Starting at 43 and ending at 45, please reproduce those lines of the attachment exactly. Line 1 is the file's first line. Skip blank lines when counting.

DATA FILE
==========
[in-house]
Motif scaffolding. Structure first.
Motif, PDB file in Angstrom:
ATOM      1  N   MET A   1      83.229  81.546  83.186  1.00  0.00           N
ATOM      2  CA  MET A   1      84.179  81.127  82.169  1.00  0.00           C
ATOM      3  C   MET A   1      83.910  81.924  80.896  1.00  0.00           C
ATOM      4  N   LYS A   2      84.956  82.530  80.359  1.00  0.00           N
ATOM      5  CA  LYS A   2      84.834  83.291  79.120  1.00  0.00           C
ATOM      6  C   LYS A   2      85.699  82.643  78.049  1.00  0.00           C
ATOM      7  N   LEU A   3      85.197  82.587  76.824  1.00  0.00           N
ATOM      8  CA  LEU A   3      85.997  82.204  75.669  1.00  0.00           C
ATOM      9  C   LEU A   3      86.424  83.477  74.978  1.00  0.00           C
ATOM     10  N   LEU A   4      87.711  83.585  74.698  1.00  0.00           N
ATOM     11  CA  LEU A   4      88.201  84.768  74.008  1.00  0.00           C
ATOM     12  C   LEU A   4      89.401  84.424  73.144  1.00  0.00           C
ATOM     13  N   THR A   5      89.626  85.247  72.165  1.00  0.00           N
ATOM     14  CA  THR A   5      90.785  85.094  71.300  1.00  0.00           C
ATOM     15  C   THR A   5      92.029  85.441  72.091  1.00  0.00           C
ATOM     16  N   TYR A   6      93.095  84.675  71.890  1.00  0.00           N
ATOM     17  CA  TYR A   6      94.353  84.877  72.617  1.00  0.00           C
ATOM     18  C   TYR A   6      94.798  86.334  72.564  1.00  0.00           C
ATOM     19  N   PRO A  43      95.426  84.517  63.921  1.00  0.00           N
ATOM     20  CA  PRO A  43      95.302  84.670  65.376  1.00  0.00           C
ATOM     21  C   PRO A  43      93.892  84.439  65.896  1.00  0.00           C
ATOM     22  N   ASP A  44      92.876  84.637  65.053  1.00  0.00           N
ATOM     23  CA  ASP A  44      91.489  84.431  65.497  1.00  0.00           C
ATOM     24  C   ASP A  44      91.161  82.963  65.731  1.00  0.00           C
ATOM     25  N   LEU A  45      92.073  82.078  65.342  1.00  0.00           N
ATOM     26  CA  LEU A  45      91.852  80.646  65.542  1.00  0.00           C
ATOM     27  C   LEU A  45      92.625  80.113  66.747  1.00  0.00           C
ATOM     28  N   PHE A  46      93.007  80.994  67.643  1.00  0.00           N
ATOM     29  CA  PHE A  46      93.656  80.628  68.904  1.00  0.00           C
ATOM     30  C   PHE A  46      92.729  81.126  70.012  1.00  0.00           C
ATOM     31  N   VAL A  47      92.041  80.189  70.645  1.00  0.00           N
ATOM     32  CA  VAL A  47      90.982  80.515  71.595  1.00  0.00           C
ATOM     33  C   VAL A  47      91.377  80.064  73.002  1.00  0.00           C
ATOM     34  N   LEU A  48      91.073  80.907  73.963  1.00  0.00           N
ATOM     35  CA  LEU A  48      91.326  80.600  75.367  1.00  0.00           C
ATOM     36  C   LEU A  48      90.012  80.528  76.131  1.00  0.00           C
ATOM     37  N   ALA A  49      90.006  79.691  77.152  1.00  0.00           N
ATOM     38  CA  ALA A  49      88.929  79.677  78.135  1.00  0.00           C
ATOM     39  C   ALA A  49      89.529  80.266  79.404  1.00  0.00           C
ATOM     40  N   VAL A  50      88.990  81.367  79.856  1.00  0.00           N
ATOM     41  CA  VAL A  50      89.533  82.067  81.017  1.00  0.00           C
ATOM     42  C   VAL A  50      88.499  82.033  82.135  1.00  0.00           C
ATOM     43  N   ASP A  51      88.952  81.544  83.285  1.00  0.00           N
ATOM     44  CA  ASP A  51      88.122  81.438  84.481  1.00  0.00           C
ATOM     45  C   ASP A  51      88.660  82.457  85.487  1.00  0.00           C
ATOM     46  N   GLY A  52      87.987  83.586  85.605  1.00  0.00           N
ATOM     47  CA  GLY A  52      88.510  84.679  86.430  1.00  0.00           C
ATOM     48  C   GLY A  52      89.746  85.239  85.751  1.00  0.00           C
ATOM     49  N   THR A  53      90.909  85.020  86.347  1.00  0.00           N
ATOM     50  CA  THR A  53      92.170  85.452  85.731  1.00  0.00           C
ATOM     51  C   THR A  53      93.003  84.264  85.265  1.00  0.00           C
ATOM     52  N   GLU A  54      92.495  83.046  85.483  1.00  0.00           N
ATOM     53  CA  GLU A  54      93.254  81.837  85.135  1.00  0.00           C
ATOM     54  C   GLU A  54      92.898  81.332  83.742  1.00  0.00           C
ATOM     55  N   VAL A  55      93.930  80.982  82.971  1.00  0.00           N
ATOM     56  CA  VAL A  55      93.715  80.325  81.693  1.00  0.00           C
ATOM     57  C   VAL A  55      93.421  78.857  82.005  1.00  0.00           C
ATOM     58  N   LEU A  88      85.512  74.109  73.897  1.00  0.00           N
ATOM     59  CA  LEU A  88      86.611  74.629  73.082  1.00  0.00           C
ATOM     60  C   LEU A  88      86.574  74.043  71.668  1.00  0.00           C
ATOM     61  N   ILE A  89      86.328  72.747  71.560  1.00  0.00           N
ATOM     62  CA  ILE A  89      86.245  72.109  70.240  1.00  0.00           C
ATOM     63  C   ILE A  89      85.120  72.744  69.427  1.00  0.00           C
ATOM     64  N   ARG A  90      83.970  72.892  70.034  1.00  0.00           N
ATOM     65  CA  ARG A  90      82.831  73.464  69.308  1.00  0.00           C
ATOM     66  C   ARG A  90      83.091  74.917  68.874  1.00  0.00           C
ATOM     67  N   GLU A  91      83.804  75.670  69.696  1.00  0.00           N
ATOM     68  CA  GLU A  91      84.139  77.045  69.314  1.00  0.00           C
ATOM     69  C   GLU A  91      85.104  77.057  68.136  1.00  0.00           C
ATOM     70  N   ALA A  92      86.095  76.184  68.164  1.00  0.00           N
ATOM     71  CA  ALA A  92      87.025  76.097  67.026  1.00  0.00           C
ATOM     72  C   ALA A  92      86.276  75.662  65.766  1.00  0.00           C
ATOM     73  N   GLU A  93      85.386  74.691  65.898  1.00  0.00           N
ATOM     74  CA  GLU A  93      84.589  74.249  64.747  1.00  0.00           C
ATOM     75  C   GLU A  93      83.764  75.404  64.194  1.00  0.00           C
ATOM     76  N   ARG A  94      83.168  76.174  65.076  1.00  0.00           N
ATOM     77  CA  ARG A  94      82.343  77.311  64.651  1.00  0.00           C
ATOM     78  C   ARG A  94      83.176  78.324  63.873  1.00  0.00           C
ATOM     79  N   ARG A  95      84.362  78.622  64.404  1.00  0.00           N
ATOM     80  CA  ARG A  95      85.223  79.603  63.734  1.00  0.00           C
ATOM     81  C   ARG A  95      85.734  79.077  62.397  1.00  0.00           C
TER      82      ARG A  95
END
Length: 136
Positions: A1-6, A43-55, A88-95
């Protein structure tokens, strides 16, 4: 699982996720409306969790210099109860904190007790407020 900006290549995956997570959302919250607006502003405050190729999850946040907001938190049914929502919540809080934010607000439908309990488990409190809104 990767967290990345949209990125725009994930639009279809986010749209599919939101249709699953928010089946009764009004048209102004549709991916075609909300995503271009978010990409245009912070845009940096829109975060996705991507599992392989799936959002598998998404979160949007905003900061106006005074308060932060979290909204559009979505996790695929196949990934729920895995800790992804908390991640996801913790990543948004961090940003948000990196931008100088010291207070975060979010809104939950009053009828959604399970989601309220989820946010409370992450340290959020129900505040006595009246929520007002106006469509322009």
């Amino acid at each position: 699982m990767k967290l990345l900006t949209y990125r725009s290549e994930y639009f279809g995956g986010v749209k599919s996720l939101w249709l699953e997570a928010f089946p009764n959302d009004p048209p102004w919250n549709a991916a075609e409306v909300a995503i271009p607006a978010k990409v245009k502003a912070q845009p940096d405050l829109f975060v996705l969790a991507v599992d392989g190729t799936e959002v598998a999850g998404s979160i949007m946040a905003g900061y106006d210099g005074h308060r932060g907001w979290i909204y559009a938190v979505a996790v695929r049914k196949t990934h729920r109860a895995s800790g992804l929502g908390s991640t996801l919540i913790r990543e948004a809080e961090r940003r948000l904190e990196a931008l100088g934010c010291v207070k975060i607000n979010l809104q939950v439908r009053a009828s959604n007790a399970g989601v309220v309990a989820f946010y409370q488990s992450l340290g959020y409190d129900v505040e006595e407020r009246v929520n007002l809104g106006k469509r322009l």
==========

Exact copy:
ATOM     40  N   VAL A  50      88.990  81.367  79.856  1.00  0.00           N
ATOM     41  CA  VAL A  50      89.533  82.067  81.017  1.00  0.00           C
ATOM     42  C   VAL A  50      88.499  82.033  82.135  1.00  0.00           C